A stationary system can survive a massive modern air attack and, under certain conditions, even a nuclear strike. Source: Sergey Pivovarov / RIA Novosti
Russia pioneered the land-based missile system to protect its coastlines. The first such defensive complex consisted of cruise missiles, then called “flying bombs,” and was in place in the Soviet Union in the late 1950s.
These missiles ranged from between 15 and 95 kms. In 1972, the Crimean base operated a new missile system, the ‘Utes’ (Rock Cliff), using P-35B anti-ship cruise missiles with a range of upto 300 kms, and a modified version of the Progress, with a range of 460 kms. The mobile launching pad with these missiles was the ‘Redut’ (redoubt).
Stationary systems were decommissioned years ago, but a change in the military-political situation has prompted Russia’s military leadership to again revisit this mechanism.
Can survive even a nuclear attack
A stationary system can survive a massive modern air attack and, under certain conditions, even a nuclear strike. All systems of a stationary complex could be placed in well-protected underground shelters. Primed for immediate use, the missiles are arranged on launchers located within protected bunker-like silos which can even be built on rocky ground. The missiles are stored in their original containers, used for transportation and launching, and do not require replacement or major maintenance for about 10 years.
The Bastion-S has can hit surface and shore targets at least 300 kms away. The missiles can be deployed at two different trajectories. The combined trajectory (high-altitude cruise followed by low-level flight as the target approaches), provides a longer range and low-altitude trajectory reduces the effective range but significantly increases its stealth capabilities and decreases the probability of the rocket being hit by the opponent’s missile defences. The missile’s survival is ensured by its ability to carry out effective evasive manoeuvres to avoid enemy air defences.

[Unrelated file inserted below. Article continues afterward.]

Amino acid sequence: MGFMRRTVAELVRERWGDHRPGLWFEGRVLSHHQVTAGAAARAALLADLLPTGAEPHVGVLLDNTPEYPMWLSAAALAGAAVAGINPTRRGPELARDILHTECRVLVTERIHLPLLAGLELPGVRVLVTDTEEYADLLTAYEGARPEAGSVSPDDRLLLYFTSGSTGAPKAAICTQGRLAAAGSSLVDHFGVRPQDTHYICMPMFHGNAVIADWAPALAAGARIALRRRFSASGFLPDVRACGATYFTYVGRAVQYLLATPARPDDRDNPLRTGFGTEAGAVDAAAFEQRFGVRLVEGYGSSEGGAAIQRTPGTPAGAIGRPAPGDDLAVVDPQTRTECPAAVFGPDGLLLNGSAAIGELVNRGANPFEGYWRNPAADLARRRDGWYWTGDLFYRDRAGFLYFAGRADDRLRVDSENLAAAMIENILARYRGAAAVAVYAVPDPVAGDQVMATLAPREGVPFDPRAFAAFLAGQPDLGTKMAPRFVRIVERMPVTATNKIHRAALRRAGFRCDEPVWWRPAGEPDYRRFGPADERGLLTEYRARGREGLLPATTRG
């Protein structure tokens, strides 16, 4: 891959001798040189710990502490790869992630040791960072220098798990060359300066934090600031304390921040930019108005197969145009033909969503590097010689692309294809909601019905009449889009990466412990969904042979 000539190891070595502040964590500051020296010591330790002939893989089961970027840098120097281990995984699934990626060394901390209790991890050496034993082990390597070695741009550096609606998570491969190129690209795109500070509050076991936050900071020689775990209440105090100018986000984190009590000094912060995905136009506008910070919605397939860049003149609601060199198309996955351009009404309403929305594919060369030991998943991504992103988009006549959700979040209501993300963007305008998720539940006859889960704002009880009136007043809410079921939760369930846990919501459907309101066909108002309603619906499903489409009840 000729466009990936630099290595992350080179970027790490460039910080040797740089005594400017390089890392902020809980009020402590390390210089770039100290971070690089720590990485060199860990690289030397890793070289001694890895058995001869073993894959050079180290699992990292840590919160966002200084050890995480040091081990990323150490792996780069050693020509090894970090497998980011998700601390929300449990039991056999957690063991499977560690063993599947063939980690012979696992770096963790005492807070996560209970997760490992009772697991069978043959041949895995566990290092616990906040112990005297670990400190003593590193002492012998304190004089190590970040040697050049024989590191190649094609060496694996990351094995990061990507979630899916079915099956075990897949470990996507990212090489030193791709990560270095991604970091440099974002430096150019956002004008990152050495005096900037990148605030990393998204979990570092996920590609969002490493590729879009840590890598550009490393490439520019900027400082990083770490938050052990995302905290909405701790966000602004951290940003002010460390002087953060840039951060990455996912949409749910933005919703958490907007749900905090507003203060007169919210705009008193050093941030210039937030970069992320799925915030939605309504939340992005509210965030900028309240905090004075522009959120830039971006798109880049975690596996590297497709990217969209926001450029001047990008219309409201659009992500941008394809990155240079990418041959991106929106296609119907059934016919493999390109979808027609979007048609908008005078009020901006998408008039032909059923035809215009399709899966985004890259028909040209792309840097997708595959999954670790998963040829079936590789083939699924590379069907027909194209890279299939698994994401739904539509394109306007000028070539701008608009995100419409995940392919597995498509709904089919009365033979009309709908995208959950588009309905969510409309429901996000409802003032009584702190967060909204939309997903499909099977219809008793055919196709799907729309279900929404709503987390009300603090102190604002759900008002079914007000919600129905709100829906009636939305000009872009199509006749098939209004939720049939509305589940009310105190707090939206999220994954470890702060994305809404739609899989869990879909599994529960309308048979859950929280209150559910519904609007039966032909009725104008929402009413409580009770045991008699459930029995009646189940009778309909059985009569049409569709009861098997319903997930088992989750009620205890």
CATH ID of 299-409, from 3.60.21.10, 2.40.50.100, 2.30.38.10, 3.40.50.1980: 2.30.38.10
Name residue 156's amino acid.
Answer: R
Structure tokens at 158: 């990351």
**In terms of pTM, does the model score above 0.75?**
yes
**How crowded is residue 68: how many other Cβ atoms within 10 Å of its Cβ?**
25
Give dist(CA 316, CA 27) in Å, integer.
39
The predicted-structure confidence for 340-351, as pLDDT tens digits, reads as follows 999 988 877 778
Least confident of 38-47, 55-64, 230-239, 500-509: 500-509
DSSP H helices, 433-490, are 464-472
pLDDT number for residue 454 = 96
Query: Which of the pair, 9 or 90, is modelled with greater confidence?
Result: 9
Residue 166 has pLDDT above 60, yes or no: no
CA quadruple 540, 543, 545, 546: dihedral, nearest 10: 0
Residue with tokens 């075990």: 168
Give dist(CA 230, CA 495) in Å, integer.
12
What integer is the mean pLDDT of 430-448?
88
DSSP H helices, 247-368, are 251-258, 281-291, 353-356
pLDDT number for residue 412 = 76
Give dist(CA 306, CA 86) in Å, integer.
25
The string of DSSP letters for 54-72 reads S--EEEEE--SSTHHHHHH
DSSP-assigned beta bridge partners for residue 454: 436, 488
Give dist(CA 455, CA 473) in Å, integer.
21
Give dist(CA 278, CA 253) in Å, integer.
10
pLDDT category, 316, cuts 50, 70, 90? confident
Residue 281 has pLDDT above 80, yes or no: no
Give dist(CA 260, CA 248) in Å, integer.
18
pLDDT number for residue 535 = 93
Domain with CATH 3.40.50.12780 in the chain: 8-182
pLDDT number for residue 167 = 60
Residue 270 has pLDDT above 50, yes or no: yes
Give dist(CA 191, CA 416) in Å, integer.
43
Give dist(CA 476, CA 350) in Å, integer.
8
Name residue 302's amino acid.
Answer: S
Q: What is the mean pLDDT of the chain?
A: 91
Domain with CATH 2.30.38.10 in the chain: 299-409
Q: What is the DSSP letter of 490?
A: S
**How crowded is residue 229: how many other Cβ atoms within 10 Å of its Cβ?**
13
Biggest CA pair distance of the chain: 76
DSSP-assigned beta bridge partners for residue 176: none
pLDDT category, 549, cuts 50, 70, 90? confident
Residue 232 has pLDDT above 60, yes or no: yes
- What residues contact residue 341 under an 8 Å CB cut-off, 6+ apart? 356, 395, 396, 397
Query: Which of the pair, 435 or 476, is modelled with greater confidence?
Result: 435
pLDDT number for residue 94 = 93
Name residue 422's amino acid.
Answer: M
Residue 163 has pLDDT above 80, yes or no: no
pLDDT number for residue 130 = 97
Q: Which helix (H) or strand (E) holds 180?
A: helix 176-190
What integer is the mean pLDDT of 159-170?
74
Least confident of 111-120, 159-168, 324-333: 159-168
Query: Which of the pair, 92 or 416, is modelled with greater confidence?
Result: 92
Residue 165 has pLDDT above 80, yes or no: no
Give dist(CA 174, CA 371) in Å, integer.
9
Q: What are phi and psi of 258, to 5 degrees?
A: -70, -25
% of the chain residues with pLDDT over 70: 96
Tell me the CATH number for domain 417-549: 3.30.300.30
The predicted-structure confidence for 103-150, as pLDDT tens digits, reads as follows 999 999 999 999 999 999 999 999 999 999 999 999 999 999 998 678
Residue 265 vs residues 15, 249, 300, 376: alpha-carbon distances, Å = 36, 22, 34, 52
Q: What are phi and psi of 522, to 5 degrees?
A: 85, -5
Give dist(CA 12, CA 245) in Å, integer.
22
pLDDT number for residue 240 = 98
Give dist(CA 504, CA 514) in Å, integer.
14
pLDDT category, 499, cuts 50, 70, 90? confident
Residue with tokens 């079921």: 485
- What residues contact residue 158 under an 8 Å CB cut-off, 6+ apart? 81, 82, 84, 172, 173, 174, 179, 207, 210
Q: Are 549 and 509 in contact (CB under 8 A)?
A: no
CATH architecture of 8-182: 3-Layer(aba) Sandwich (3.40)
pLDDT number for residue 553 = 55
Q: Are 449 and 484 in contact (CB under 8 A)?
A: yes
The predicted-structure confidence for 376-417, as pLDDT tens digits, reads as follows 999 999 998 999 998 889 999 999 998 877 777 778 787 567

One Bastion-S system, with a standard complement of 36 missiles in single launchers, is able to provide protection for at least 600 km of the coastline, and guarantees destruction of opposition targets above-water. The system can also hit land-based radio-contrast targets. All this can be done under intense fire and electronic counter-measures used by the attackers.
Bastion rains destruction
The stationary, highly protected system was proposed some years ago by the Russian-Indian company BrahMos Aerospace, which produces BrahMos missiles, based on the Russian Yakhont missiles.
The mobile BrahMos shore and ship-based versions are widely deployed today by India’s army and navy, while the Russian Bastion-P has assumed the protection of Crimea, placing most of the Black Sea in its sights. They have also been deployed in Vietnam and Syria.
The choice is obvious; supersonic missiles of the Bastion complex can destroy any enemy ship within range. A salvo launch of such missiles is impossible to escape, because a unique group attack programme becomes activated. The missiles themselves allocate and classify the targets being attacked by importance, as well as select the attack scheme and plan its implementation. As a result, the missile “swarm” strikes from different directions, and after the destruction of the main target, the rockets quickly reorient to the remaining vessels, leaving the enemy with little chance of survival.
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